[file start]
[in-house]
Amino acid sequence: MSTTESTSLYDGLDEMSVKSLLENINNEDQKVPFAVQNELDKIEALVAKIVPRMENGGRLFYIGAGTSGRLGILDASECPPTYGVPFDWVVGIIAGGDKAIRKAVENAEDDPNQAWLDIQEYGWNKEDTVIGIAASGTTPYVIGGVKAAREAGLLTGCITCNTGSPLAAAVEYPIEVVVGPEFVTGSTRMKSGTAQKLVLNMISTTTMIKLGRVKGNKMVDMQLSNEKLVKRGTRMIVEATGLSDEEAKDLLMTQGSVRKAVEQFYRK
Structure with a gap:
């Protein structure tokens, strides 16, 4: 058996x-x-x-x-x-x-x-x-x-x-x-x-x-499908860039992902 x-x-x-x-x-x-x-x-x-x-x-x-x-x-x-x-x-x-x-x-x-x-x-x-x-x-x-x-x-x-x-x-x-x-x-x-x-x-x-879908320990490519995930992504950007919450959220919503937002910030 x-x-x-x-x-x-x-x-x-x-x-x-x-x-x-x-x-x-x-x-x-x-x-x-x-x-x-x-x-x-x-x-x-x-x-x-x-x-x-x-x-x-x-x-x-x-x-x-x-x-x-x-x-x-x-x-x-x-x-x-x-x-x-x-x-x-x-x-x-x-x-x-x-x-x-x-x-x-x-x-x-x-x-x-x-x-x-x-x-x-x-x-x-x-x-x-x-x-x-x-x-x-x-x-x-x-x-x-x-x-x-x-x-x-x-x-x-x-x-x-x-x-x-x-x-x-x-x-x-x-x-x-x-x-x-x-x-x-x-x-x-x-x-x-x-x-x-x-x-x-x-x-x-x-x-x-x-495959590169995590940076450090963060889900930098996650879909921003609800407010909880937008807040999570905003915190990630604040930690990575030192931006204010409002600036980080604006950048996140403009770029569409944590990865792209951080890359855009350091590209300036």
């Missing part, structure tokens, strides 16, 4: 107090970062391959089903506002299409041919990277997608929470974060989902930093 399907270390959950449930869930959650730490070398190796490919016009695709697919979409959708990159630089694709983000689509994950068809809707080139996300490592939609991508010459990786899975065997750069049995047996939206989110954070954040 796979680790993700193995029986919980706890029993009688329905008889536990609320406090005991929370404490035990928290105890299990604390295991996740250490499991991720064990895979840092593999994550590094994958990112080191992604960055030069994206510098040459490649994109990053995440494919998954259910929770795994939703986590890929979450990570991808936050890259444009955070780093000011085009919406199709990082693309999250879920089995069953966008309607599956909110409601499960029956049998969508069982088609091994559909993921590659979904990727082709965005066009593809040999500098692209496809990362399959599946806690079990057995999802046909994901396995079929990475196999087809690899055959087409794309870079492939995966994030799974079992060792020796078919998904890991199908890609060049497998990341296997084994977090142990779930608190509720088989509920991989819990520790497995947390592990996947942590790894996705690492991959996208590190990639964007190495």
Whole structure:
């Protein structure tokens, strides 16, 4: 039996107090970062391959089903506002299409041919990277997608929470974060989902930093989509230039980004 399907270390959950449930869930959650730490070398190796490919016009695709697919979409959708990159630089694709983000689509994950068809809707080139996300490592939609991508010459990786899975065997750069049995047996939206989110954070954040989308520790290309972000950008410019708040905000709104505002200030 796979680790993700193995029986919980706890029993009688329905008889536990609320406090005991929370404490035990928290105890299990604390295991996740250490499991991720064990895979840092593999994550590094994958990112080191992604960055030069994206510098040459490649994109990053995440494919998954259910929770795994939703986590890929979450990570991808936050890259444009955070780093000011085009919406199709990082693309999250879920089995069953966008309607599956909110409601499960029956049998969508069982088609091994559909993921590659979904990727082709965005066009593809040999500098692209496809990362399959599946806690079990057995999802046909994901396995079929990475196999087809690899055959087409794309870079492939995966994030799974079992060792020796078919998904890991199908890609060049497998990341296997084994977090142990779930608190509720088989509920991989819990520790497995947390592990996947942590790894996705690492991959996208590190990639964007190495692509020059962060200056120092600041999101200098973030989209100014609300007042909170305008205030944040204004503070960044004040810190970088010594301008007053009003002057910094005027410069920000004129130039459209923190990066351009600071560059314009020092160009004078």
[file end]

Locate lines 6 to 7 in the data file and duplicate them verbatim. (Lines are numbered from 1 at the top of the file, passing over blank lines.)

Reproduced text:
Whole structure:
């Protein structure tokens, strides 16, 4: 039996107090970062391959089903506002299409041919990277997608929470974060989902930093989509230039980004 399907270390959950449930869930959650730490070398190796490919016009695709697919979409959708990159630089694709983000689509994950068809809707080139996300490592939609991508010459990786899975065997750069049995047996939206989110954070954040989308520790290309972000950008410019708040905000709104505002200030 796979680790993700193995029986919980706890029993009688329905008889536990609320406090005991929370404490035990928290105890299990604390295991996740250490499991991720064990895979840092593999994550590094994958990112080191992604960055030069994206510098040459490649994109990053995440494919998954259910929770795994939703986590890929979450990570991808936050890259444009955070780093000011085009919406199709990082693309999250879920089995069953966008309607599956909110409601499960029956049998969508069982088609091994559909993921590659979904990727082709965005066009593809040999500098692209496809990362399959599946806690079990057995999802046909994901396995079929990475196999087809690899055959087409794309870079492939995966994030799974079992060792020796078919998904890991199908890609060049497998990341296997084994977090142990779930608190509720088989509920991989819990520790497995947390592990996947942590790894996705690492991959996208590190990639964007190495692509020059962060200056120092600041999101200098973030989209100014609300007042909170305008205030944040204004503070960044004040810190970088010594301008007053009003002057910094005027410069920000004129130039459209923190990066351009600071560059314009020092160009004078």